Sublime moments. They may seem infrequent and evanescent, and many of the moments we categorize as “peak experiences” are, by their very nature, uncommon.
Yet, it is my opinion that these sublime experiences don’t have to be as infrequent and uncommon as most people perceive them to be. I say that because all too often, we overlook, take for granted, or otherwise fail to really notice the beautiful banality of sublime moments happening all around us.
You see, the world of daily peak experiences, wonderment and awe of the sort that many of us experience only on rare occasions is open to us, if we know how to pay attention to each moment.
For example, last year, I flew home to Southern California after a business trip to Washington, D.C. During my flight, I looked out the window and essentially witnessed the curve of the earth.
The curve of the earth as viewed from my window seat.
Now, I suspect you have been on a commercial airliner and looked out the window. But when you did, did you really pause and notice that sublime curve?
Did you drink in the wider notion that you were thousands of feet in the air, hurtling through the atmosphere at hundreds of miles per hour? I noticed this that day, and I did so with a glass of wine in my hand, and while also ironically listening to the song “Curve of the Earth” by the great Matt Nathanson.
Check out the chorus here from the song, and I suspect you’ll understand why it made such an impression on me at that moment:
Tell me does the world revolve the same?
Tell me do the people all take care of you?
Did you doubt the curve of the earth?
And every word, every word…
The serendipity of this confluence of circumstances was not lost to me. In fact, I had to pause and make sure I really noticed everything about this moment. The feeling of wonderment at the technological achievements of the human mind that allowed me to fly across the country in about five hours while listening to music recorded, digitally reproduced and then pumped into my aural canal from little white pods wirelessly broadcasting the sound directly into my brain.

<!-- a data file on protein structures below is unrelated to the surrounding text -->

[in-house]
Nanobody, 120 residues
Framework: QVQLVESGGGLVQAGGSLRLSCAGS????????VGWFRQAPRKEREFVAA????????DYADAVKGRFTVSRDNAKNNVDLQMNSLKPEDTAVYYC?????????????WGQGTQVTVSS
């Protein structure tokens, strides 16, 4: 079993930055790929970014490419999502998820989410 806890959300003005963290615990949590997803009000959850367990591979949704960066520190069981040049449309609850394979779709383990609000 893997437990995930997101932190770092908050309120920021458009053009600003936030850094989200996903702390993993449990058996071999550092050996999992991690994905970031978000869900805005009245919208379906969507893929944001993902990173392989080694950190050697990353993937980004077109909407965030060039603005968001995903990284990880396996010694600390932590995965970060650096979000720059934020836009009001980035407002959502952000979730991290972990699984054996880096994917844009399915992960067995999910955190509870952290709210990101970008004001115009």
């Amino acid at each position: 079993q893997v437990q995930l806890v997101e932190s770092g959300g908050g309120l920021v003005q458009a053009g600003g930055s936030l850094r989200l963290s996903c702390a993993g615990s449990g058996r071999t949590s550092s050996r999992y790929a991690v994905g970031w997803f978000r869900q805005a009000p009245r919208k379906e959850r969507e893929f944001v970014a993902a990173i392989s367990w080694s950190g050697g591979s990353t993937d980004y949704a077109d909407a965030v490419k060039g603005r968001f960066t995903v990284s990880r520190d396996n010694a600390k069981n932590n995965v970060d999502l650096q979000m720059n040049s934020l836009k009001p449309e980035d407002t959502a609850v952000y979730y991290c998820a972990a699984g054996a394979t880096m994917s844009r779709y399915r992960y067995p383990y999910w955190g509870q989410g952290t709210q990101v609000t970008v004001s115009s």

Yes, these things happen to millions of people every day, but most people don’t really notice how truly sublime an achievement it is.
Instead, many people lament the fact that things aren’t even better, or more convenient, or less expensive than they are.
Hey, I understand this. We all get used to modern life and the convenience of our wondrous world, and we all often take for granted that the luxuries produced by capitalism are here, on demand, for us to enjoy. And when things don’t go as planned, or when there is a glitch in our desire fulfillment chain, people take the opposite tack of noticing peak experience and focus on the distressed experience.
But in my opinion, this a huge mistake.
Now, I am not saying we should accept things that are broken, damaged or that don’t work. And if there is a problem to be solved, a need to be fulfilled or a fix that needs implementing, we should do it.
Yet in a world surrounded by brilliant achievement, wondrous technology and tremendous bounty — I think each day demands a bit more sublime notice.
So, right now, pause and notice the sublime nature of the wondrous things in your life.
Look around the room, look at the computer, tablet or phone you are reading this on, and let that sense of awe at the achievement wash over you as if you were seeing the curve of the earth for the first time.
Then, I want you to reach for the tissue to blot your eyes, because when you stop to truly notice the beautiful banality of sublime moments, the swelling of your spirit might just evoke a few teardrops of wonderment.
On Fixing Things
“If you want to fix the world, start by fixing yourself.”
The celebrated author, speaker, entrepreneur and “Renaissance Woman,” Heather Wagenhals, gave a speech recently to a group of aspiring millionaires. In that speech, she delivered a line that I thought was quite profound, not only in its wisdom but in its cutting truth. You see, many of us want to change the world and make it a better place, and that’s certainly a worthy goal. But the best way to do that is to start by making yourself a better person. Accomplish that goal first, which is no easy task, and then you can train your sights on the world at large.
Wisdom about money, investing and life can be found anywhere. If you have a good quote that you’d like me to share with your fellow readers, send it to me, along with any comments, questions and suggestions you have about my newsletters, seminars or anything else. Click here to ask Jim.
In the name of the best within us,